Reclaim the Darkness

Among the many vulnerabilities exposed by the Covid-19 pandemic, surely the catastrophe created by the neoliberal commodification of elder care must rank among the most acute, with devastating losses suffered within nursing homes, including both residents and caregivers.

Now comes Lynn Casteel Harper, presently Minister of Older Adults at The Riverside Church in the City of New York and author of On Vanishing: Mortality, Dementia and What It Means to Disappear. Released during the early days of the pandemic as it spread throughout the United States, the book offers a luminous exploration into the gradually descending darkness of dementia, advocating for alternative elder care practices that support those afflicted to “vanish well”.

Excerpts from a recent interview below, with masks relayed from the website of William Utermohlen.

 

MASK WITH RED NECK

 

 

MASK WITH BLUE EYES

 

Hear hear!

 

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The Untouchables

Now comes Naomi Klein with a lucid analysis of one possible though not inevitable outcome from the Age of Covid-19, a post-pandemic shock doctrine that would retrospectively confirm Black Mirror as an anticipatory documentary rather than an exercise in the dystopian imagination.

The entire essay is worth close consideration; a brief excerpt below, with an image (caption added by DP) from the studio of Jakub Geltner.

 

FLOCK DOCTRINE

 

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Thus at exactly the time when we need to connect more deeply to the realities of the natural world, while also connecting with each other in more compassionate and immediate ways, the hubristic pseudo-titans of Silicon Valley invite us into a world of perpetual surveillance, behavioral algorithms and learned helplessness.

After all this grief and suffering, they propose to accelerate the Great Acceleration to warp speed, an appropriate tempo for such a warped, narcissistic and nihilistic vision. Shaped by terror of fleeting mortality, their wish to live in an untouchable world discloses a puerile refusal to acknowledge limits. At a time when we humans need to do (and be) less and then less again, their shallow understanding insists on more always more.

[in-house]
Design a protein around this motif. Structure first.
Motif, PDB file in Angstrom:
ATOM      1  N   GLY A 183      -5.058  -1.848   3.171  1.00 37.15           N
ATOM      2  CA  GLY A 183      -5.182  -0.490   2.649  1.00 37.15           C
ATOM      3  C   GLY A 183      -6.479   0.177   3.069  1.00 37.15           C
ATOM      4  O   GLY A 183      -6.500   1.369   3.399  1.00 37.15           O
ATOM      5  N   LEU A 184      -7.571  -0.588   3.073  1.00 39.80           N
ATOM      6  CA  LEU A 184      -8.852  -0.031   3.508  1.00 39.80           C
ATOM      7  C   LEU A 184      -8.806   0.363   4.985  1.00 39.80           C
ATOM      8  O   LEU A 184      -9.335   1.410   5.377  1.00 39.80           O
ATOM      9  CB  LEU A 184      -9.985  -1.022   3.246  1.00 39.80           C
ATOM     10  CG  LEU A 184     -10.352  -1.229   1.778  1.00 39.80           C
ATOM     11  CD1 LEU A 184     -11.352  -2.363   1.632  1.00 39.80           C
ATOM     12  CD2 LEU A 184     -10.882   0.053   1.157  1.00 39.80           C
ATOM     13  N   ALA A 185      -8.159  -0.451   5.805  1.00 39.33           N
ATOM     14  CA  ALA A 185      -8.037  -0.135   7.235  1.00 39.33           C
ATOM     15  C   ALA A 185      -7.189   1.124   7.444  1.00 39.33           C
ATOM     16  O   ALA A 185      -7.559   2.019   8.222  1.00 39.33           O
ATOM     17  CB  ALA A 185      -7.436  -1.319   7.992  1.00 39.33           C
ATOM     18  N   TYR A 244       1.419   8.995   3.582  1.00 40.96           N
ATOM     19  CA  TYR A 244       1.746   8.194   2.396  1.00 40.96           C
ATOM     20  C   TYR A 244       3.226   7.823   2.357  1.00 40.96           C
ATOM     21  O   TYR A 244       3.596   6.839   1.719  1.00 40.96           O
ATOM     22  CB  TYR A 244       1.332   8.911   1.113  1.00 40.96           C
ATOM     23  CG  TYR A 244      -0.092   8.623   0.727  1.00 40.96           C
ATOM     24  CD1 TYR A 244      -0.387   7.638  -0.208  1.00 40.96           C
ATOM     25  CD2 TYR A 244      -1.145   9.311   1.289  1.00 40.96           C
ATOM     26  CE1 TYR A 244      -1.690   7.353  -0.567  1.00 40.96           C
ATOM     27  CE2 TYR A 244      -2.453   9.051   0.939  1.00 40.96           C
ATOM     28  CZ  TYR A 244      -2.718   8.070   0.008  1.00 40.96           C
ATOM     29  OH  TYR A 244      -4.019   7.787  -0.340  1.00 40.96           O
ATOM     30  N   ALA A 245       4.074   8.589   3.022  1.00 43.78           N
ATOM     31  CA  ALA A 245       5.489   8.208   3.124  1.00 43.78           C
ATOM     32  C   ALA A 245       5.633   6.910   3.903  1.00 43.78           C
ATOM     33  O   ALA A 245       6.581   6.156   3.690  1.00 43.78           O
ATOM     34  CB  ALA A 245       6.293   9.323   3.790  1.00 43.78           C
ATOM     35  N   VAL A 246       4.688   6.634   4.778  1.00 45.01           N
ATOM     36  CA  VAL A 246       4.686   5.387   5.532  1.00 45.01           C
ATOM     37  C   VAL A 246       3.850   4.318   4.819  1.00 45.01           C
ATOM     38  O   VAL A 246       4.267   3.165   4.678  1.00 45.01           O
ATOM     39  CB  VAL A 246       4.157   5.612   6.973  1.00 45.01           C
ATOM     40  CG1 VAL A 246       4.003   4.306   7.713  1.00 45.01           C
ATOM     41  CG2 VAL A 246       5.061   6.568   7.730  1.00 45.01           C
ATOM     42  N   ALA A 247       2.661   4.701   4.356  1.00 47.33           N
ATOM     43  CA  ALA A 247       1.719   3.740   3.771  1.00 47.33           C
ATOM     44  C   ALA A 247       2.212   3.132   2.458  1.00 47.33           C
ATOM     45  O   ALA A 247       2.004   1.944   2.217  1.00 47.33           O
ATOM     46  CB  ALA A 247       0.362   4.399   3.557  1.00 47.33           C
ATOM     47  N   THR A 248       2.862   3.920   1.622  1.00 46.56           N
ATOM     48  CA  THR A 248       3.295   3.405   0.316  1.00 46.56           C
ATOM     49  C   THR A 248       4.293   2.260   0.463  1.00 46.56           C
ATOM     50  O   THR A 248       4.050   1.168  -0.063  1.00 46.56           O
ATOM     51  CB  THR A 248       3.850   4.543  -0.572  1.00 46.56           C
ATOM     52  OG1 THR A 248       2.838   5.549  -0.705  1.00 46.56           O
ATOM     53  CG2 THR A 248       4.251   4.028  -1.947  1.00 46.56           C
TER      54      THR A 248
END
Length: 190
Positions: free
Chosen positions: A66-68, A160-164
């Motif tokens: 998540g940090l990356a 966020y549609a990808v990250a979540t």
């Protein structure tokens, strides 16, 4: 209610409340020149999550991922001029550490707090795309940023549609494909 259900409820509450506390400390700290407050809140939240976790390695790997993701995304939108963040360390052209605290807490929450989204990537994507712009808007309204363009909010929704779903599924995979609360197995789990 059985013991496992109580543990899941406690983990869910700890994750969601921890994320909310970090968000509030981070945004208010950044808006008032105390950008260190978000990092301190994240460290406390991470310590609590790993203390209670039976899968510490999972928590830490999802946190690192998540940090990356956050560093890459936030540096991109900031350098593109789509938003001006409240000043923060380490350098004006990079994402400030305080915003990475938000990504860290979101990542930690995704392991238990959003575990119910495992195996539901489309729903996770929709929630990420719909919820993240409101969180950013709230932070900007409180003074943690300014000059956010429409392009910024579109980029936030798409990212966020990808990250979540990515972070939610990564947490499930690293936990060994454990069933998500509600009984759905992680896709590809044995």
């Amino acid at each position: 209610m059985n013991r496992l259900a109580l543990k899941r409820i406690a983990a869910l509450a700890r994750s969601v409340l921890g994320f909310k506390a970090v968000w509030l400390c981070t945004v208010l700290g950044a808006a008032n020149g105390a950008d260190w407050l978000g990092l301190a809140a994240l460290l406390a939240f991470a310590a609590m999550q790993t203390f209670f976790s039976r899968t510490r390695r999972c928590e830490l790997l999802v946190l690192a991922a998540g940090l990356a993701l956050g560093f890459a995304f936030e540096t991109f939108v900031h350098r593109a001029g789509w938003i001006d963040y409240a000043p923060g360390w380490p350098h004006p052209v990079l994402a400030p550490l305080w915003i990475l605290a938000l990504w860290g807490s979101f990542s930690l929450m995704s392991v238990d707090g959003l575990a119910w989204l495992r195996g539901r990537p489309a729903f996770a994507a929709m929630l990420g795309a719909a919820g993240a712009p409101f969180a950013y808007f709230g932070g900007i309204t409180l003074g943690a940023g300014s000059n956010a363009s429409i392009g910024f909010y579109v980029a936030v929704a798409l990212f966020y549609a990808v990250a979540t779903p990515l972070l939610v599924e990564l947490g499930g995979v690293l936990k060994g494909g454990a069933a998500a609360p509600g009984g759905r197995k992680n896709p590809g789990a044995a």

This too shall crash.

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Nature In Control

Aware that the pandemic has severely attacked vulnerable communities of color, including tribal communities whose members may not have access to adequate health care nor clean water, we turn to a young voice from the Navajo Nation (Diné), Alastair Lee Bitsóí, relayed from the pages of the Navajo Times. Excerpts below, with images from the studio of Tony Abeyta.

 

 

 

 

 

 

 

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Fungus Among Us

With endless rain slowly coming to an end here in the mountains, mushroom foragers are preparing their mud boots for slogs off the beaten trail. Mushroom hunting is an excellent activity during a time of social distancing, since foragers are naturally inclined to steer clear of other humans so as not to divulge their precious discoveries.

Below, a few excerpts from an extraordinary Derrick Jensen interview with master mycologist Paul Stamets dating from 2008, yet still sounding fresh as an April morel. The images are from the hand and eye of Azuma Makoto whose stunning botanical sculptures raise our spirits every time we stumble across them in the fungal forests of the internet.

 

 

 

 

 

 

 

 

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Prelude To What

Now comes philosopher Byung-Chul Han, known for his enquiries into seemingly (and only seemingly) benign themes such as smoothness, tiredness and the culture of “liking”, with a few thoughts on panic, contagion, immunity and resistance. Excerpts below from an essay first published in El País.